It would be easy to think that these two views on Quality, whilst fundamentally different, are easily reconcilable. Let’s just make a piece of E-learning that has pedagogical foundations that would make Oxford proud and then get 2Advanced studios to knock it together. Your first issue here is that those ingredients alone aren’t enough to make a great piece of E-learning; both parties need to know something of the others world. But your bigger issue, expense aside, is that the proponents of these two views on Quality often believe they are not reconcilable at all.
The arguments are thus:
“Pretty pictures take away from the real purpose of the product and actually detract from the learning experience”.
“Pedagogical frameworks are out of date, hugely restrictive and make any piece of E-learning long-winded and largely dull”.
Solving this issue will take movement from both sides. Pedagogy will need to evolve (it is, see Connectivism) to take into account the ways in which people are now learning online. Its proponents will also have to step outside of their core competence and realise that creating a piece of E-learning with engaging looks and increasingly complex interactions will only add to the value of the end product, if done correctly.
Equally designers need to be much more than their job titles suggest. They need to develop an understanding of teaching online and to realise that style does not trump substance, it merely augments it.
Developing a shared view on Quality will help the E-learning industry to evolve its next-generation of content and learning. At the moment these two polar opposite views don’t sit well together and present a confusing front to end-users. You might not dare to question the authority of an austere institution telling you that their learning experts will ensure quality learning transfer, but how many words will it take to explain that to your boss, who thinks the end product looks awful?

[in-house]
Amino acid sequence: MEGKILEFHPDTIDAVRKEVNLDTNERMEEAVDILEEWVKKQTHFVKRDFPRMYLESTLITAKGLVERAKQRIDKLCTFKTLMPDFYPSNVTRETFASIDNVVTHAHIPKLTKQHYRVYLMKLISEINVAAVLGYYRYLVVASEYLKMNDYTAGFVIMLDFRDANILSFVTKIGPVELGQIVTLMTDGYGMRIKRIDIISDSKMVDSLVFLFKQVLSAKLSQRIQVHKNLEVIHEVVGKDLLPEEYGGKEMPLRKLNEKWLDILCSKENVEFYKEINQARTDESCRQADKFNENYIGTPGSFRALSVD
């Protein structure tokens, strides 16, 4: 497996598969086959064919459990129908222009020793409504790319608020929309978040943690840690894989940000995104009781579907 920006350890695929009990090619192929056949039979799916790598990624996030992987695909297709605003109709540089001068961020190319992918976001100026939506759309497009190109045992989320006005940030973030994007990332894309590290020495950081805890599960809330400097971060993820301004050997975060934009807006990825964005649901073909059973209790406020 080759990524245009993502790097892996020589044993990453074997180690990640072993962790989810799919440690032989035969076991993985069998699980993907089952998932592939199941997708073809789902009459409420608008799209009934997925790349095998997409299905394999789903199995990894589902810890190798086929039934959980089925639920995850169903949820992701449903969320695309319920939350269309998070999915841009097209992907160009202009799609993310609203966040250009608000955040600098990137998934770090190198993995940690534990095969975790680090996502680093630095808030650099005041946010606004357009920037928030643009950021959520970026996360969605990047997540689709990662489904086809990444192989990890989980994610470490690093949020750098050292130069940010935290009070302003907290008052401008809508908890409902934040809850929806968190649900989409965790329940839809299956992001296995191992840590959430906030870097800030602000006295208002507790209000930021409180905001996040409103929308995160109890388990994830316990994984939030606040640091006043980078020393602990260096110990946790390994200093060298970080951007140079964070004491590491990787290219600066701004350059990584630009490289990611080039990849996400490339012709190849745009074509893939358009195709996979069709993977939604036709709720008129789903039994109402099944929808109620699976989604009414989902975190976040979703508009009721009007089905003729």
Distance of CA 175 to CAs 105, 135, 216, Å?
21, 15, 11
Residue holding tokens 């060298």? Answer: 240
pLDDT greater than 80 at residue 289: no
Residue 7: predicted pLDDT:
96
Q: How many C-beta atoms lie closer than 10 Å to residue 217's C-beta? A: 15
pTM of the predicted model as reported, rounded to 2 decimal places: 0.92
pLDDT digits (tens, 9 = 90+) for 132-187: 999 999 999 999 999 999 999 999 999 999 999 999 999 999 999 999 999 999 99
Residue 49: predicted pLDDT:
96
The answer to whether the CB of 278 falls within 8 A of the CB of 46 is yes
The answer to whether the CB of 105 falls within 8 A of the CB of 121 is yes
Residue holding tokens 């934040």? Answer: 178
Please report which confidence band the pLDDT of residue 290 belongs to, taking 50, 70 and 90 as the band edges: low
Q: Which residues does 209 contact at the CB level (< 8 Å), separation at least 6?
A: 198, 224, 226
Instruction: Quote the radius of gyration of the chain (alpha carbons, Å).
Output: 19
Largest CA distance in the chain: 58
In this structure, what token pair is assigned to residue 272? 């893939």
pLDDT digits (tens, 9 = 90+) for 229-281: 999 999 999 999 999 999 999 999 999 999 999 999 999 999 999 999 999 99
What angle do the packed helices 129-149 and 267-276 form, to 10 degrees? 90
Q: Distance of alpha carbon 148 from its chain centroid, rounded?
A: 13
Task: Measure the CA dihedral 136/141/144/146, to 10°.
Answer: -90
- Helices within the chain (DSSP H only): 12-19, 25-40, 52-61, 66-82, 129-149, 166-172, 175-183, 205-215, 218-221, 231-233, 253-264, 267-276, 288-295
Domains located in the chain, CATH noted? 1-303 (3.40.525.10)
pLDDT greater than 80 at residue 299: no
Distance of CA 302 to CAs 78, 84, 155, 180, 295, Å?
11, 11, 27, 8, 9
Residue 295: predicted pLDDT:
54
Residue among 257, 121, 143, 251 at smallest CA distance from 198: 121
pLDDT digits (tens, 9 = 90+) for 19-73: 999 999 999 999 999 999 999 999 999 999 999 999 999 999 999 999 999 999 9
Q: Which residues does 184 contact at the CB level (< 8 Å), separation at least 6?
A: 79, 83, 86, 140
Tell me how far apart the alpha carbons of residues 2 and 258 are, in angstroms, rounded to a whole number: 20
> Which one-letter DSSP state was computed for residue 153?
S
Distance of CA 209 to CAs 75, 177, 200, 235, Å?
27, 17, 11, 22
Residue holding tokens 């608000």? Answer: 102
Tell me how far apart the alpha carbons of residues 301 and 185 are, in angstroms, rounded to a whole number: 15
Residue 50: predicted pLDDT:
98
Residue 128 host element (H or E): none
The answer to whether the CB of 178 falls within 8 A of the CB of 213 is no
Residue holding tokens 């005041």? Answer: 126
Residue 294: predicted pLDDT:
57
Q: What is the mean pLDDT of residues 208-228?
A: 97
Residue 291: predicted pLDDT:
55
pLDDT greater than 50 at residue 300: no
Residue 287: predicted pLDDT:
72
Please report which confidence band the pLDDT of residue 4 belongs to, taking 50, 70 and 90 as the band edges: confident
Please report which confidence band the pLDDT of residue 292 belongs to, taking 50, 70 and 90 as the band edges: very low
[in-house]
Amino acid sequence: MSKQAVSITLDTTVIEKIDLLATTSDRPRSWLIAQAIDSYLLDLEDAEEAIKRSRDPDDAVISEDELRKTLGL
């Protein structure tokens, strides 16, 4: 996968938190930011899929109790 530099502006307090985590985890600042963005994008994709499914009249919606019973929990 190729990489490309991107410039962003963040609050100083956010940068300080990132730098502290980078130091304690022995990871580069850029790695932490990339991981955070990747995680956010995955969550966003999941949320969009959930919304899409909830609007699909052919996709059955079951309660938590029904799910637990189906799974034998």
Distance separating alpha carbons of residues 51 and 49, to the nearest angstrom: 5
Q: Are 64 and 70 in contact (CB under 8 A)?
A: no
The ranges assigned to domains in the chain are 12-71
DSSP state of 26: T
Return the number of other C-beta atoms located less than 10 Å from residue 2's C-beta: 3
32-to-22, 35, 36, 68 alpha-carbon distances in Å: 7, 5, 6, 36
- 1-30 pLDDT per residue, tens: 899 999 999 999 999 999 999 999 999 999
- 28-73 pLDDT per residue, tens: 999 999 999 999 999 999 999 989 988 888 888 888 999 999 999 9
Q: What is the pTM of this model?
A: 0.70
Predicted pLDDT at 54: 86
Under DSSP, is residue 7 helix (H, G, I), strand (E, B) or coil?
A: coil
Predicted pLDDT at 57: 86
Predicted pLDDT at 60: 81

The corporate E-learning world is a little different to the world of higher education. When you attend a university you are there to learn. When you go to work, sitting through a training course is not at the front of your mind. It’s a job to be done, probably a monotonous one. E-learning needs to reach out more to this audience, to appeal, to make the user want more. Or perhaps less ambitiously, just to avoid pissing people off.
Both sides have good arguments. We need to move to a situation where people realise they can and should have it both ways. Anything less is failing to make Quality E-learning content.
These guys really hit things on the head with this excellent little presentation. A company after my own heart – great presentation skills coupled with an opinion which matches my own. AND they referenced Mihaly Csikszentmihalyi. We thought we were the only ones…
It doesn’t seem to matter how many years tick by in this industry, by far and away the most common phone call I get is from companies looking to run E-learning pilots, or prototypes, or anything else in the “just getting started” framework.
It’s not a criticism of the clients, far from it; I’m delighted to be the person who helps to mould the minds of newcomers to the E-learning genre, call me anytime! But doesn’t it strike you as odd, in an industry that’s now 15 years old, that everyone else is still getting started?